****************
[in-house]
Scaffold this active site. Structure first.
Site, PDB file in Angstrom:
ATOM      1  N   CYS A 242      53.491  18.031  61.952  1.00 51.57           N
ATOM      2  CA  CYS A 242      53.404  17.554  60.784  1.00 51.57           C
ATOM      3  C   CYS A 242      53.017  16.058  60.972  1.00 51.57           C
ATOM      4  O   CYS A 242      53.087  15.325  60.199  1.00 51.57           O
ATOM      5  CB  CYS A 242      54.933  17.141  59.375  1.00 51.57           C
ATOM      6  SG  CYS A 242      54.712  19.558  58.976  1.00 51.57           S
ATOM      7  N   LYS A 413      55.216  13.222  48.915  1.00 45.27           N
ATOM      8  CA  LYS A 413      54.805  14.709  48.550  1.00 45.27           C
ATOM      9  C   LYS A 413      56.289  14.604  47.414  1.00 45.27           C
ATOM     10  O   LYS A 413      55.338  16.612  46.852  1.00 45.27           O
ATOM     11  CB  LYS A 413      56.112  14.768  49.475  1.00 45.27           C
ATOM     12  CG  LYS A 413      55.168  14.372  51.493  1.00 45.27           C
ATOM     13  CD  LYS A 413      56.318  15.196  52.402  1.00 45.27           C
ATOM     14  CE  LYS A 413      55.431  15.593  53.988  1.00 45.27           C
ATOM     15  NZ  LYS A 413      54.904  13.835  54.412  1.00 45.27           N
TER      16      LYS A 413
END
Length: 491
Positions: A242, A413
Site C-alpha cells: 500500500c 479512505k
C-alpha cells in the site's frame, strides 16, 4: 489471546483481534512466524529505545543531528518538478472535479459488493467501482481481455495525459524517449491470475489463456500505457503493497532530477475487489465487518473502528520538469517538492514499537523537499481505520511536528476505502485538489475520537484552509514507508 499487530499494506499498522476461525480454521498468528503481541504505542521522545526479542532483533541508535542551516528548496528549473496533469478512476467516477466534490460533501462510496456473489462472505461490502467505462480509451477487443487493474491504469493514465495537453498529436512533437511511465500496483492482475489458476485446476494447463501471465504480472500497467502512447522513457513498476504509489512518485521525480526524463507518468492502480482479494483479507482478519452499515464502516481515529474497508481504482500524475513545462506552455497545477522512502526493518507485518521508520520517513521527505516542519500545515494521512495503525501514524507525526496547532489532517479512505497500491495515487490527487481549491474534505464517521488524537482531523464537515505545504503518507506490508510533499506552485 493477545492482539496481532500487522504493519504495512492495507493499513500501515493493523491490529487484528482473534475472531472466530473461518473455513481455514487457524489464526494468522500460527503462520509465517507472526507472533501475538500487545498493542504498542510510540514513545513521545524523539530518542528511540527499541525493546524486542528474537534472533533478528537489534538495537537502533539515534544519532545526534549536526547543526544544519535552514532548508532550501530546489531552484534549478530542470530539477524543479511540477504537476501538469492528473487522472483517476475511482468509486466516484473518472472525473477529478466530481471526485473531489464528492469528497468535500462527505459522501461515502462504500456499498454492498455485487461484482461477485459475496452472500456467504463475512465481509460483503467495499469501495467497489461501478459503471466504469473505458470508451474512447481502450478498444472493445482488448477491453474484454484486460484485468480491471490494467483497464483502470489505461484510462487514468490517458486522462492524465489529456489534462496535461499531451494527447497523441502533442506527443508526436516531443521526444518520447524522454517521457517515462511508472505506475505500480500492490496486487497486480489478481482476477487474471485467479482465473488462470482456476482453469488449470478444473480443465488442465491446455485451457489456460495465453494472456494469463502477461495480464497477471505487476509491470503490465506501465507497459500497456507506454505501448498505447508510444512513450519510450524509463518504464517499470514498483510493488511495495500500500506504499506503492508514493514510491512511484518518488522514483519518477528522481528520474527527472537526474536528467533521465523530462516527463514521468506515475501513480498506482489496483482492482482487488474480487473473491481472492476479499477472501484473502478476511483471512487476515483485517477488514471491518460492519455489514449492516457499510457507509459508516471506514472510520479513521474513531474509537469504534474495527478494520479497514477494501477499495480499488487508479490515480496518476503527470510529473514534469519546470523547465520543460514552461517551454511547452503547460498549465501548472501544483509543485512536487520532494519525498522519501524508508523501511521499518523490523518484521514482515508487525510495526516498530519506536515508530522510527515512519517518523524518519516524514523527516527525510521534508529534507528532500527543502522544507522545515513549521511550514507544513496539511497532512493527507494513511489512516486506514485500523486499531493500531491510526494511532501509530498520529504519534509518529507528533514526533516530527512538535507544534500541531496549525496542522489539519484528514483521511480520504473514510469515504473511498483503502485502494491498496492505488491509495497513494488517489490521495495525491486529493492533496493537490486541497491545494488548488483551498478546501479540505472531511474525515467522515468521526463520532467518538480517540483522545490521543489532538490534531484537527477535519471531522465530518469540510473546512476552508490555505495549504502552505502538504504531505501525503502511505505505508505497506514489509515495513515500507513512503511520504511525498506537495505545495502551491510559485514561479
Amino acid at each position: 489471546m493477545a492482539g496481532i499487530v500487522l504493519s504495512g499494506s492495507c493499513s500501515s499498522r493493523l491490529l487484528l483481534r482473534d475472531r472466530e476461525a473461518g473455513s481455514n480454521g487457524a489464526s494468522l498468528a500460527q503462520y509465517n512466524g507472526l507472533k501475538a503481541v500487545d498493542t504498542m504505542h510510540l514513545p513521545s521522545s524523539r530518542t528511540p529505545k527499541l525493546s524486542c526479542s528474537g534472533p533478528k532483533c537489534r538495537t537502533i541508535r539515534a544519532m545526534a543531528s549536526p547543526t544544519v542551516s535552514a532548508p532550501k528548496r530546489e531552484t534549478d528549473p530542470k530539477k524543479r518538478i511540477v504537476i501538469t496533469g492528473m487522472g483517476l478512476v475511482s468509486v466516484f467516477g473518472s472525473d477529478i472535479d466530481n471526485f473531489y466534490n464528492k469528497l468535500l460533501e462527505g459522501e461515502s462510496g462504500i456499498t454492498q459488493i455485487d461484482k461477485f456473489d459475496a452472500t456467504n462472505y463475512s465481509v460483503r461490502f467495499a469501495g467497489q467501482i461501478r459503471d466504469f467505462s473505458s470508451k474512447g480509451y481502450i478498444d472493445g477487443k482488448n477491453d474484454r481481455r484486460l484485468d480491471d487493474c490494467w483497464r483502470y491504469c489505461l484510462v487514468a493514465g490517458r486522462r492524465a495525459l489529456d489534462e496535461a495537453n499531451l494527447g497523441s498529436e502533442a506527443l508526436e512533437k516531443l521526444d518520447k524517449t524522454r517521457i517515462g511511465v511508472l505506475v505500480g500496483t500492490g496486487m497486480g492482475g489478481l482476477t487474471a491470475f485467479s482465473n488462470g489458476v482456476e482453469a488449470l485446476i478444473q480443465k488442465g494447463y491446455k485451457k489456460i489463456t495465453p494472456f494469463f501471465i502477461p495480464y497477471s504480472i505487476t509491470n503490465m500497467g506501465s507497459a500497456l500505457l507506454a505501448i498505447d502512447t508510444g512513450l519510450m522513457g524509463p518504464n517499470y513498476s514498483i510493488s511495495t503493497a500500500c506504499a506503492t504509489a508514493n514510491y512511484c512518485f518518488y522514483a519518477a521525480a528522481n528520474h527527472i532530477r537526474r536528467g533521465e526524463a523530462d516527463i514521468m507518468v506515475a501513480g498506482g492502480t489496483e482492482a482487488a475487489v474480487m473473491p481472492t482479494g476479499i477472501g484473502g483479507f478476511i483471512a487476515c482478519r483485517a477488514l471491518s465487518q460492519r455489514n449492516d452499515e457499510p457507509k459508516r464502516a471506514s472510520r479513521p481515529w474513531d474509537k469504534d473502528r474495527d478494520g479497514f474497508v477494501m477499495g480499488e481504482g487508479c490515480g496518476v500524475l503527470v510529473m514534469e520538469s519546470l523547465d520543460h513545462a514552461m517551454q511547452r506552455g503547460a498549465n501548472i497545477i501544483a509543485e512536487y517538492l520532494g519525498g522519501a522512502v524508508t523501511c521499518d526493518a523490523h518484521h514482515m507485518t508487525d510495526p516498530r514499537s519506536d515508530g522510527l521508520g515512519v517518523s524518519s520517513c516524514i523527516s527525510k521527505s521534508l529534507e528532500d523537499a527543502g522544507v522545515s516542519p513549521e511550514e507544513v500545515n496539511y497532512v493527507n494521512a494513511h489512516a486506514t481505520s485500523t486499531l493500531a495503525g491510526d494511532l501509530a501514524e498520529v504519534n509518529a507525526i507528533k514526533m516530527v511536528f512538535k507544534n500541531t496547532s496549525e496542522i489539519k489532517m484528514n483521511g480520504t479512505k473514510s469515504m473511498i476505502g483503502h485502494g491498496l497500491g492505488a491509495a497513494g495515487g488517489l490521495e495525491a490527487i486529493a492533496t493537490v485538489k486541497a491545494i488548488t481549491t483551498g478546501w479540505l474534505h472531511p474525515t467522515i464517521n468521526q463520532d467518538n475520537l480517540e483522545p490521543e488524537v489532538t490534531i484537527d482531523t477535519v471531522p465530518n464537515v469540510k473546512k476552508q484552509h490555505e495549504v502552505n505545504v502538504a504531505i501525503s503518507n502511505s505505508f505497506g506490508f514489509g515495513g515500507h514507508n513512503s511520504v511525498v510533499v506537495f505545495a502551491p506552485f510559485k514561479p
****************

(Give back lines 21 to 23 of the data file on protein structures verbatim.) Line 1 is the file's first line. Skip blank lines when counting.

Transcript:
Length: 491
Positions: A242, A413
Site C-alpha cells: 500500500c 479512505k